Tuesday, August 28, 2012

My Grandmother's Gardenias

"For you," my grandmother said, and handed me one perfect, perfumed gardenia blossom. I made the universal noise of delight: "Oh!"

There are few things as intoxicating to me as breathing in the scent of a flower,  and of all flowers that give off scent, gardenias are one of my favorites, especially since they always make me think of my grandmother and her lovely backyard. In the summer, it smells of honeysuckle, jasmine, and her gardenias, which she grows better than anyone I know. Something in the water where she lives, or perhaps in the plants themselves, make the clippings she takes and puts in a vase sprout roots within a few days.

While living in the South may have its share of hot days, we at least get to experience the delights of plants that cannot survive farther north, gardenias being one of them. My parents live only two and a half hours north, yet my mother has never been able to keep any of the rootings my grandmother has given her alive.

So I felt like I'd been given a real treasure today when my grandmother handed me the gardenia blossom as I sat outside in the sun crocheting. As I set the blossom down on my piece of handiwork, I was struck by the way the white blossom looked against the lettuce green of my yarn, and ran to get my camera. Such moments must be captured quickly; soon enough the blossom will wilt in its baby food jar and only dried petals will remain, but every time I look at these photos I will smell that blossom once again.

Wednesday, August 22, 2012

Autumn Dreaming

I am just about desperate for fall to get here. This summer in the Ozarks has been terribly dry and hot, and I am yearning for autumn storms and colors. There is nothing to compare with the snap in the air that comes with that time of year, and the exhilarating feeling of the wind rushing past, blowing one's hair about and tossing around leaves; it makes me feel as though I can fly if I only try hard enough.

photo by Tim Ernst, www.timernst.com

This photo perfectly captures the autumn glory of my neck of the woods, the Ozarks. For more gorgeous scenery, visit Tim Ernst's website.
Alphonse Mucha, Autumn, 1896, photo courtesy Wikimedia Commons

photo by Tim Ernst, www.timernst.com

John William Godward, Autumn

Gale Rainwater, Soft Autumn Hills in Ozark Mountains, gailrainwater.com

Maxfield Parrish, Morning, www.tendreams.org

Mark Karpinski,  Ozark Region of Southern Missouri, liquiddrift.com

Maxfield Parrish, Reverie, www.tendreams.org

Monday, August 20, 2012

The Silver Swan

Legend has it that the Mute Swan (Cygnus Olor) makes no noise its whole life, and sings one beautiful song just before its death. Any ornithologist will tell you this is not true; the mute swan does makes slight whistling noises at times, and scientists have not observed the swan singing as it dies. But poets will tell you differently... and perhaps indeed, at death, they grace with their song only those who will truly appreciate it.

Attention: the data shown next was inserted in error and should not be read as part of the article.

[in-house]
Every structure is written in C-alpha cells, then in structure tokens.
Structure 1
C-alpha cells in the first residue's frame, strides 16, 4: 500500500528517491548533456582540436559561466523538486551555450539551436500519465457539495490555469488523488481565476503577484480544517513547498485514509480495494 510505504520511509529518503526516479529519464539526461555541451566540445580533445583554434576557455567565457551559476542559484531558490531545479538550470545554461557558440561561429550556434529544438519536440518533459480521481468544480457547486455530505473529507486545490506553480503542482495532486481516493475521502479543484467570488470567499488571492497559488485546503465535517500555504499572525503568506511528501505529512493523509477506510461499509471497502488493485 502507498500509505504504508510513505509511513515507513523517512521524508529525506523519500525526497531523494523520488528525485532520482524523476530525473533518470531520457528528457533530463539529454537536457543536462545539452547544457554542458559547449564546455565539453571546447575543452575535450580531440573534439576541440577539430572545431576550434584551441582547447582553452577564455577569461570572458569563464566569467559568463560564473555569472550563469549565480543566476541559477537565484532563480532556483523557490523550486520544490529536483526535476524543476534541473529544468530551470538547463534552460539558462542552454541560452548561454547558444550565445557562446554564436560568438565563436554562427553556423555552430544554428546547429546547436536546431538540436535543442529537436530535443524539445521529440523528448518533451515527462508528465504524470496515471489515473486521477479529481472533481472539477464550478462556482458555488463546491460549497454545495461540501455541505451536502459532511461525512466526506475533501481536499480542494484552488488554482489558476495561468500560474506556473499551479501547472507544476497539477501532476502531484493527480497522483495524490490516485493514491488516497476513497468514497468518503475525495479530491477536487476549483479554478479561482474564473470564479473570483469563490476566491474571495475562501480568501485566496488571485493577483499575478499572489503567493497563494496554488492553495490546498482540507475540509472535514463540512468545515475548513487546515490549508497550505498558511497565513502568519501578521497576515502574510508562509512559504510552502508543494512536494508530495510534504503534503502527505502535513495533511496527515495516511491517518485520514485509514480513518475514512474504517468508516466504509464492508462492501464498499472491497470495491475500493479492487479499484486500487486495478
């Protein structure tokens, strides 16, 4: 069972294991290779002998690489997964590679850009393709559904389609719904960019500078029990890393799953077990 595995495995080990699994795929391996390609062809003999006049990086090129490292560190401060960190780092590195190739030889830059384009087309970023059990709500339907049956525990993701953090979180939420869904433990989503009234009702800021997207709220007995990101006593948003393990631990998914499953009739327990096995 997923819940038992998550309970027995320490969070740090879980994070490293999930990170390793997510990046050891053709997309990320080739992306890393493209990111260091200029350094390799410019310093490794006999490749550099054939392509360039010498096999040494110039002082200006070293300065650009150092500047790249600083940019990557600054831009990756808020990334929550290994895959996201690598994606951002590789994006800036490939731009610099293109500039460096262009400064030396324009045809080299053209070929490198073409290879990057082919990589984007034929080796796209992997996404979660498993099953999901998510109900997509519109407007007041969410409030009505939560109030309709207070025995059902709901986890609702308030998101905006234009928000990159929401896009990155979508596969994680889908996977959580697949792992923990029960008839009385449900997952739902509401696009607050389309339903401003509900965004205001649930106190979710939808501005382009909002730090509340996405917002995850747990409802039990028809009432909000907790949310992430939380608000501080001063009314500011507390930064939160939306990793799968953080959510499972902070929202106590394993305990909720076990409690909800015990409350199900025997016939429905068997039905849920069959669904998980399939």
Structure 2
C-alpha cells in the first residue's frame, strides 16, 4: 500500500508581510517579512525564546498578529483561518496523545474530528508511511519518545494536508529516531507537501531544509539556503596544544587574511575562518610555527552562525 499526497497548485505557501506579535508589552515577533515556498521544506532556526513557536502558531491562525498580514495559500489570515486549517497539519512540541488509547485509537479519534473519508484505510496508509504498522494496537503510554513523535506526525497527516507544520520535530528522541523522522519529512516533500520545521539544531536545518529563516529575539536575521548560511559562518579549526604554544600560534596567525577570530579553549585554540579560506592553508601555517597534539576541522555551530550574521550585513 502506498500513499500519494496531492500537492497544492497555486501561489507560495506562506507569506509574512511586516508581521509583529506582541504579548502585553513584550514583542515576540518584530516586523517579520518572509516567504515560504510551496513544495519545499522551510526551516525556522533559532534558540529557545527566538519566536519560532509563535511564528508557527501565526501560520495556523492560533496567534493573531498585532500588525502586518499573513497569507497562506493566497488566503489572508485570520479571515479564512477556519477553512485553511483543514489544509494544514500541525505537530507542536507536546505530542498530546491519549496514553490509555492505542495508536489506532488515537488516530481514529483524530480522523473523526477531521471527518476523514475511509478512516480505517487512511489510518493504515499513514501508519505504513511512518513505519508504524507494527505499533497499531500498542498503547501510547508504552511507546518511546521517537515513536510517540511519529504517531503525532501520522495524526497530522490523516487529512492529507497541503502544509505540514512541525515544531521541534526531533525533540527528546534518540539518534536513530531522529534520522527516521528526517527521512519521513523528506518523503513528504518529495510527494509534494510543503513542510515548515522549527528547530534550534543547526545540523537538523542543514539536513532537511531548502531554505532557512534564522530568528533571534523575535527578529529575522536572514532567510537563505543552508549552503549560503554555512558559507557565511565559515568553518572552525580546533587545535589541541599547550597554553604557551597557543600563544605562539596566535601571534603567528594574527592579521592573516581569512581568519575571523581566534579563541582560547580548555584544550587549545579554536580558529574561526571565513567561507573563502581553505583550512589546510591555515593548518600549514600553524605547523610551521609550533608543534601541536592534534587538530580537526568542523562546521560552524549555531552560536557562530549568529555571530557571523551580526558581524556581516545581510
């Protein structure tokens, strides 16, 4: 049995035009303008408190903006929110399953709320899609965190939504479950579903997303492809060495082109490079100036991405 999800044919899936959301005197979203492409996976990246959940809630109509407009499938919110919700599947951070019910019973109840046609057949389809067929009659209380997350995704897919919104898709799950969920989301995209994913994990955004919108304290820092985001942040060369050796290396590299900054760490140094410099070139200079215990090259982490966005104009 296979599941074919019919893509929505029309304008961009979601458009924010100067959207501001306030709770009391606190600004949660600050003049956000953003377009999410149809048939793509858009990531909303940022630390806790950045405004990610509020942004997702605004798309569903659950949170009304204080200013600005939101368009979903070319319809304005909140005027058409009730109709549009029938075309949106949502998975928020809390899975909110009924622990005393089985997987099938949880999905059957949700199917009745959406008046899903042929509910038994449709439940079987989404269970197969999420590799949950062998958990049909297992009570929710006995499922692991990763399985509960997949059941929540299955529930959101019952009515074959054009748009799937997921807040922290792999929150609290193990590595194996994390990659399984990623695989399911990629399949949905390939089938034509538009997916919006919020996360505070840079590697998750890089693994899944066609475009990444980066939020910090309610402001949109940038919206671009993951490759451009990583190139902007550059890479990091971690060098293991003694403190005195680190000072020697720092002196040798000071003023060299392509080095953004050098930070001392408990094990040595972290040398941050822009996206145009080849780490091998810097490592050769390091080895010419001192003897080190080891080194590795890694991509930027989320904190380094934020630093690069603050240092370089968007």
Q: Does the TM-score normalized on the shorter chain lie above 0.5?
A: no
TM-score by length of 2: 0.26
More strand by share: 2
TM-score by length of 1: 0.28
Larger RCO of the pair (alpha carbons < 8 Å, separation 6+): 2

The Silver Swan

The silver Swan, who, living, had no Note,
when Death approached, unlocked her silent throat.
Leaning her breast upon the reedy shore,
thus sang her first and last, and sang no more:
"Farewell, all joys! O Death, come close mine eyes!
 More Geese than Swans now live, more Fools than Wise."
~Orlando Gibbons

The Dying Swan

The plain was grassy, wild and bare,
Wide, wild, and open to the air,
Which had built up everywhere
An under-roof of doleful gray.
With an inner voice the river ran,
Adown it floated a dying swan,
And loudly did lament.
It was the middle of the day.
Ever the weary wind went on,
And took the reed-tops as it went.

Some blue peaks in the distance rose,
And white against the cold-white sky,
Shone out their crowning snows.
One willow over the river wept,
And shook the wave as the wind did sigh;
Above in the wind was the swallow,
Chasing itself at its own wild will,
And far thro' the marish green and still
The tangled water-courses slept,
Shot over with purple, and green, and yellow.

The wild swan's death-hymn took the soul
Of that waste place with joy
Hidden in sorrow: at first to the ear
The warble was low, and full and clear;
And floating about the under-sky,
Prevailing in weakness, the coronach stole
Sometimes afar, and sometimes anear;
But anon her awful jubilant voice,
With a music strange and manifold,
Flow'd forth on a carol free and bold;
As when a mighty people rejoice
With shawms, and with cymbals, and harps of gold,
And the tumult of their acclaim is roll'd
Thro' the open gates of the city afar,
To the shepherd who watcheth the evening star.
And the creeping mosses and clambering weeds,
And the willow-branches hoar and dank,
And the wavy swell of the soughing reeds,
And the wave-worn horns of the echoing bank,
And the silvery marish-flowers that throng
The desolate creeks and pools among,
Were flooded over with eddying song.
~Alfred Tennyson